Understanding trauma is key to children’s ministry, researcher tells Russia Mission Network
Healing is possible and church is equipped, Eamon Anderson says
October 10, 2013
Understanding childhood trauma ― its causes, effects and what kinds of interventions can ameliorate its damage ― is key to effective ministry in places like the orphanages for at-risk children in Russia, a renowned trauma researcher told the Russia Mission Network of the Presbyterian Church (U.S.A.) here Oct. 4.
“Our most pressing health and social issues can be attributed to traumatic childhood experiences,” Eamon Anderson, a member of First Presbyterian Church of Missoula, Mont., and a childhood trauma researcher at the University of Montana, told the 50 participants in the Russia Mission Network annual gathering. Most of them are engaged in partnerships with Russian congregations that have extensive outreach ministries with children and orphanage-dwellers.
“People can heal from the impact of trauma,” Anderson said. “This is a very hopeful field. But all of us who minister with children must understand it better.”
Anderson, who spent four years in Roma (gypsy) ministry in Romania, said that experience led her to question “how effective we were being and how can we be more effective as ministers in the world.”
Trauma, she said ― citing several experts in the field ― “results from adverse life experiences that overwhelm and individual’s capacity to cope and to adapt positively to whatever threat he or she faces. It’s the experience of a real or perceived threat to life or safety or the life or safety of a loved one,” Anderson said, “that causes an overwhelming sense of terror, fear or helplessness.”
Anderson, who got involved in trauma research (and ministry) after 9/11, said events are not themselves aren’t trauma. “How children react to events is the trauma,” she said. “Their experience of dealing with the trauma-causing event is what determines the outcome for the child.”
What research tells us Anderson continued, is that childhood trauma:
- is common ― more than 90 percent of children worldwide experience some sort of trauma in their lives;
- comes in clusters ― one trauma tends to lead to another ;
- is cumulative ― becoming more complicated and severe over time; and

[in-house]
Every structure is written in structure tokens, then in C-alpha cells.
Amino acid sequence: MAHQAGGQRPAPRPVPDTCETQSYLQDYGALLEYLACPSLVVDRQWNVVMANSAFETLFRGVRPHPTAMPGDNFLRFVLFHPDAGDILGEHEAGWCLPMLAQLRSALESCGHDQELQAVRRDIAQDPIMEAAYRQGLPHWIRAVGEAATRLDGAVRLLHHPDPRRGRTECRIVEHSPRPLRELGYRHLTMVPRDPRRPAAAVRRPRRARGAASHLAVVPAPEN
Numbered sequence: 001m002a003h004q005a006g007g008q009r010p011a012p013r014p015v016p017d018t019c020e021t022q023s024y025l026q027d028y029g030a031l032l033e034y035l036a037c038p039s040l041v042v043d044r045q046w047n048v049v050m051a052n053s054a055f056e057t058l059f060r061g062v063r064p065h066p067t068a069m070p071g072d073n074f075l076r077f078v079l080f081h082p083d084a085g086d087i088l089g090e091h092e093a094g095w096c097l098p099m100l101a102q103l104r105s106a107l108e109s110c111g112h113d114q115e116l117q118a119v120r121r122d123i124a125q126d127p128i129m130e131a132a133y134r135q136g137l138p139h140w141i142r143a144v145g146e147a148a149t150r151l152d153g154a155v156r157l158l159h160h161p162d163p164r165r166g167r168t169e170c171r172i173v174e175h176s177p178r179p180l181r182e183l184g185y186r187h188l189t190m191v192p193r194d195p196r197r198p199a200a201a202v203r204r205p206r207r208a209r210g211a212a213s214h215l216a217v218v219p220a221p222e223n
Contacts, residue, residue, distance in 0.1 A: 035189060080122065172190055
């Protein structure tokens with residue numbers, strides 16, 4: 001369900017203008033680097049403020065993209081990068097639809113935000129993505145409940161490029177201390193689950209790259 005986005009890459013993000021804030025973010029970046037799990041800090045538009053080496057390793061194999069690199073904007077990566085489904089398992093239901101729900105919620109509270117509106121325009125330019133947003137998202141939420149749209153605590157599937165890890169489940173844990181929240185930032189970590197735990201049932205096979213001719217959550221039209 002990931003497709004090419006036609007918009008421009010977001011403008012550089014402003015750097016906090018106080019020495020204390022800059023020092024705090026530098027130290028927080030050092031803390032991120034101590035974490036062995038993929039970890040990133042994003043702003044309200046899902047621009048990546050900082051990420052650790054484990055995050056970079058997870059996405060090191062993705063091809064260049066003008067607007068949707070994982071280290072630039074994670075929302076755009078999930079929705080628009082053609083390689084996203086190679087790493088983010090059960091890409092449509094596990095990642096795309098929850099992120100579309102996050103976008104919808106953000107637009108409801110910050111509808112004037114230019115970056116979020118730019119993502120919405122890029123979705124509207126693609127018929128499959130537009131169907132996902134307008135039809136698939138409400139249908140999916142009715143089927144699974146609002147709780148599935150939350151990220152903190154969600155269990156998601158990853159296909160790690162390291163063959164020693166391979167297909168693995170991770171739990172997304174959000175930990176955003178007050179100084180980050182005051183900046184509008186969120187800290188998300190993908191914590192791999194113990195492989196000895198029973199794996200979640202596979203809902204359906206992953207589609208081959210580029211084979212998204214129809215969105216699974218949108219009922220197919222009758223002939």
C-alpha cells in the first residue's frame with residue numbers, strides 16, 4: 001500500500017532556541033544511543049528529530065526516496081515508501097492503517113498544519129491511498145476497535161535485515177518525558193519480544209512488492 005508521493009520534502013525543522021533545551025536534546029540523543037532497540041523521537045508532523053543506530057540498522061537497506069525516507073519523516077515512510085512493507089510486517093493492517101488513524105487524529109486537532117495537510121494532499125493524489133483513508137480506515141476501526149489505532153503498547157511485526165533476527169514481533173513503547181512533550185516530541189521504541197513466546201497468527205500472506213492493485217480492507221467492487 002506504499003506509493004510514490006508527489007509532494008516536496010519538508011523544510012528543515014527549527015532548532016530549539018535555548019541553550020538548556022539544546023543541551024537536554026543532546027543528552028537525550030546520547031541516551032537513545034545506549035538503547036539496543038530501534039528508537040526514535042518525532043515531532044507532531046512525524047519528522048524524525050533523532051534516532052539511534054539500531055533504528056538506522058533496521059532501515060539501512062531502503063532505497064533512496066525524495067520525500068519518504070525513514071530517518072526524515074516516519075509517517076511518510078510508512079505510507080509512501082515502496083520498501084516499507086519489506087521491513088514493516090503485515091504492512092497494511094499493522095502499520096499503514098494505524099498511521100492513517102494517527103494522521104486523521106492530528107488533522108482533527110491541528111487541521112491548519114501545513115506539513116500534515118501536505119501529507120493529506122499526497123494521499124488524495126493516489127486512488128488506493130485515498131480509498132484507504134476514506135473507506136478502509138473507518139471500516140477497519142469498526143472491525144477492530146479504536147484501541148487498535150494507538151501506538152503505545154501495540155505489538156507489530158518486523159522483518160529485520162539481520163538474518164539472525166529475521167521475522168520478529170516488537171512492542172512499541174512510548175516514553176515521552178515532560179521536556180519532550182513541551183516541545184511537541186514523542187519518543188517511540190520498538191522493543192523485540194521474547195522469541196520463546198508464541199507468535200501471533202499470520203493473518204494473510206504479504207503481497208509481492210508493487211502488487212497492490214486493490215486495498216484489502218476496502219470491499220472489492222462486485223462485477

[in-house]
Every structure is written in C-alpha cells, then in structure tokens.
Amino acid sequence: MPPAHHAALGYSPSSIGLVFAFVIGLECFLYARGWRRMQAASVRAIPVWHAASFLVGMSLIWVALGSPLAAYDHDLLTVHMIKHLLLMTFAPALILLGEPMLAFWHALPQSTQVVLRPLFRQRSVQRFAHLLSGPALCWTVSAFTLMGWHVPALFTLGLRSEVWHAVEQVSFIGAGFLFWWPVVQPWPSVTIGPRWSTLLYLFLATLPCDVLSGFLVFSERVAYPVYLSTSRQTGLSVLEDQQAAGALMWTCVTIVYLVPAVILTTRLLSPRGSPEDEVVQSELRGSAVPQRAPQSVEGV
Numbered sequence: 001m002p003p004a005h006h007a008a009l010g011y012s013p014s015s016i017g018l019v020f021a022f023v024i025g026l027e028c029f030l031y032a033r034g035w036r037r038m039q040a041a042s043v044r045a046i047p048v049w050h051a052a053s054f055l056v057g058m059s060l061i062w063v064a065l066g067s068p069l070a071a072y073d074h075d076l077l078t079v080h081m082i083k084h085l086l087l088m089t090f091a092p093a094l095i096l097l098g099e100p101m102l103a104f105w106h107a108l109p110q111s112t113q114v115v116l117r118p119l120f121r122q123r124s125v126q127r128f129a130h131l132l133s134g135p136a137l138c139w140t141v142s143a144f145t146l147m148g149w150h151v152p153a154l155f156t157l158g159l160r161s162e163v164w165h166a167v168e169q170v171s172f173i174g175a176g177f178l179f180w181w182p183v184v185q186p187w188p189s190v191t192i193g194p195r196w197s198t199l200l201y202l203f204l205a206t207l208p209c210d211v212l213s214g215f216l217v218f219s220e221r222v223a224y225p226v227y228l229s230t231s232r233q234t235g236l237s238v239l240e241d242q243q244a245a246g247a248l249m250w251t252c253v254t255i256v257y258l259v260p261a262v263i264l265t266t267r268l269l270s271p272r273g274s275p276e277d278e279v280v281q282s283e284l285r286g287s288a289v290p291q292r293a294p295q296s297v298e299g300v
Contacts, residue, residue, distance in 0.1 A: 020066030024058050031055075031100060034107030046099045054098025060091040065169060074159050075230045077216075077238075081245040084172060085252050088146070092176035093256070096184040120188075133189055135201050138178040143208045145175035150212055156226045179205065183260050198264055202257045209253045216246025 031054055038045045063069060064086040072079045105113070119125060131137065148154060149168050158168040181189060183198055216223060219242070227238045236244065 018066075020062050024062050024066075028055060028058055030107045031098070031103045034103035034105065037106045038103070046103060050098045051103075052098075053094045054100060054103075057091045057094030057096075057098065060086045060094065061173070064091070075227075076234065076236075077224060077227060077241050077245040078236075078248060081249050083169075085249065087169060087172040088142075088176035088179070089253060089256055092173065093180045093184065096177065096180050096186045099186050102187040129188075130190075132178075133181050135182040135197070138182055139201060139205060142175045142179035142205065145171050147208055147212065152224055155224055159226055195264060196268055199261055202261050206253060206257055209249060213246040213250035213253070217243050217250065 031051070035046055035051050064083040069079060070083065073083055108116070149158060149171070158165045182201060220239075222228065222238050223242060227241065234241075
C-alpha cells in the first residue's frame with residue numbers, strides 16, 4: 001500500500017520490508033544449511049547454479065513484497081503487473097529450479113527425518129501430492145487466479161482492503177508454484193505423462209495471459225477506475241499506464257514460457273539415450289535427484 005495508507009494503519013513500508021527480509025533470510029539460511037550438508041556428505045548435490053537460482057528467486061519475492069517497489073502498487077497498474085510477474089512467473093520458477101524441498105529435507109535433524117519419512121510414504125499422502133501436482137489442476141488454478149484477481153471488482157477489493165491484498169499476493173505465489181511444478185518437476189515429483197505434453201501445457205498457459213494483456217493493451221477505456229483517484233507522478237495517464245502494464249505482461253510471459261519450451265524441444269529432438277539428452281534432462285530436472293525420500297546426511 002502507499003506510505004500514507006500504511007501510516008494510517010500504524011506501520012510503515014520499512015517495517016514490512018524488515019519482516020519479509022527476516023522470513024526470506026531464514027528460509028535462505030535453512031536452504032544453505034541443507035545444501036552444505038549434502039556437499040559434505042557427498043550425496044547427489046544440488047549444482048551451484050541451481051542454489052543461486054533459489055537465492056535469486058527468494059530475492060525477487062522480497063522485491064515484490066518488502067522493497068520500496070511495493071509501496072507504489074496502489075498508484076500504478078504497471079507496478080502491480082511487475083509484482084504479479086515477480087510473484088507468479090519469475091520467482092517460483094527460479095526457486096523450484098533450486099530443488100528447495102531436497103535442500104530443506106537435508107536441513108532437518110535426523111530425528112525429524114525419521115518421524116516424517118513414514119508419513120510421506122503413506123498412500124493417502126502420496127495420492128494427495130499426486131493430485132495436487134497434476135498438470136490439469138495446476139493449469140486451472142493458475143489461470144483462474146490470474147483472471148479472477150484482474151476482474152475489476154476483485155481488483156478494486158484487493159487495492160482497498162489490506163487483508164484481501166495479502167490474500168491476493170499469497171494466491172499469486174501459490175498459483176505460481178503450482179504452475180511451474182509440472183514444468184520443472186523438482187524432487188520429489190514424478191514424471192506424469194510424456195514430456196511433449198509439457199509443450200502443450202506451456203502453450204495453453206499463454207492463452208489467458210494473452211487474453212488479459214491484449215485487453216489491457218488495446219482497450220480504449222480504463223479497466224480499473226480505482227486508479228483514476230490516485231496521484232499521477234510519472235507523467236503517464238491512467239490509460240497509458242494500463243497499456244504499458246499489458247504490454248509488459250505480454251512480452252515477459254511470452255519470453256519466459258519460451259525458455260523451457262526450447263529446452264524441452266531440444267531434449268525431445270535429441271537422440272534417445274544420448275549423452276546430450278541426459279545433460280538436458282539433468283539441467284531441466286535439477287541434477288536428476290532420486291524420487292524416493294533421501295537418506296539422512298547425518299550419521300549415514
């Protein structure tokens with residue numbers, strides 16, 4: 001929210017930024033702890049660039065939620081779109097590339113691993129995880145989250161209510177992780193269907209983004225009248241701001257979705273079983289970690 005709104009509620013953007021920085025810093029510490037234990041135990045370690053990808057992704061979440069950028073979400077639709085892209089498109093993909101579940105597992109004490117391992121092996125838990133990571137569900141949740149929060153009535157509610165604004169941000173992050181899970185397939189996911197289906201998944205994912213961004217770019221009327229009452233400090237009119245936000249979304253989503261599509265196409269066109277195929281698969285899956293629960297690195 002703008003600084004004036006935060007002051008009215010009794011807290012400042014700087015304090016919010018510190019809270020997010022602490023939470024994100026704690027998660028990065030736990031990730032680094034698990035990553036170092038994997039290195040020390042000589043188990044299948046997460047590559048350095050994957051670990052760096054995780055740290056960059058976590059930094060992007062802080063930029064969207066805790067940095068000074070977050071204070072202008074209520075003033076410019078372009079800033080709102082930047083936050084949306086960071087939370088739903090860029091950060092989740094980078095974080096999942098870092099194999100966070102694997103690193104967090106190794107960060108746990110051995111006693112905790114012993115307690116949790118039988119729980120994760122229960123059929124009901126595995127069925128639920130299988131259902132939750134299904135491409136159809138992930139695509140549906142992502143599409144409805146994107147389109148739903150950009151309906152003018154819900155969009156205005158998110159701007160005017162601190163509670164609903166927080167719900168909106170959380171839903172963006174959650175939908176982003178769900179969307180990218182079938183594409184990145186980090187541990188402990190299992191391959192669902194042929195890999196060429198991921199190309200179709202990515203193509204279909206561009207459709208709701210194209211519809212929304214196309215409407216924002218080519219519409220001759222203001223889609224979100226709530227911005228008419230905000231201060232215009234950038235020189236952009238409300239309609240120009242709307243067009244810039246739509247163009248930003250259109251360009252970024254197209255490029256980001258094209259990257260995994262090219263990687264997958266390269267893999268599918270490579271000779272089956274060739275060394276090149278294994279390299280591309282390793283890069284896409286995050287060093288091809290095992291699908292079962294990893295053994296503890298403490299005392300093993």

- is amenable to treatment.
“We also know that trauma affects children in many ways,” Anderson said. “It impairs children physically, emotionally, cognitively. It impacts their psychological development, their success in school, their ability to for healthy relationships. Their coping resources are diverted to survival, not to healthy development and their goal-setting and ability to think about the future is compromised.”
This analysis is hopeful, Anderson insisted, “because it indicates that intervention ― and ministry ― is possible and can be effective. Our Christian values of hope of rebirth and the importance of healthy relationships are just what many of these kids need. People can change their destinies. We believe this.”
These insights are the key to ministry with traumatized children, Anderson said. “Successful intervention requires not just emotional and psychological healing, but spiritual healing as well,” she said.
Strategies for effective trauma ministry, Anderson continued, include asking the right questions about what impacts us; creating physical and psychological safety; mentoring; psycho-education for children and caregivers; creating predictability, ritual, and routine in daily life; and creating healthy relationships.
Strong partnerships with Russian congregations that are engaged in children’s and orphanage ministry “can enable U.S. Presbyterians to be effective co-ministers of these strategies,” she said.
“If we don’t look through the trauma lens, we pathologize people, blaming them for their own circumstances,” Anderson said. “Trauma is a great equalizer – we have all experienced it.”
But the church has the theological understanding and ministry tools to be a healing agent for children throughout the world, Anderson insisted, quoting Joseph’s words to his brothers in Genesis 50:20-21: “Even though you intended to do harm to me, God intended it for good, in order to preserve a numerous people, as he is doing today. So have no fear; I myself will provide for you and your little ones.”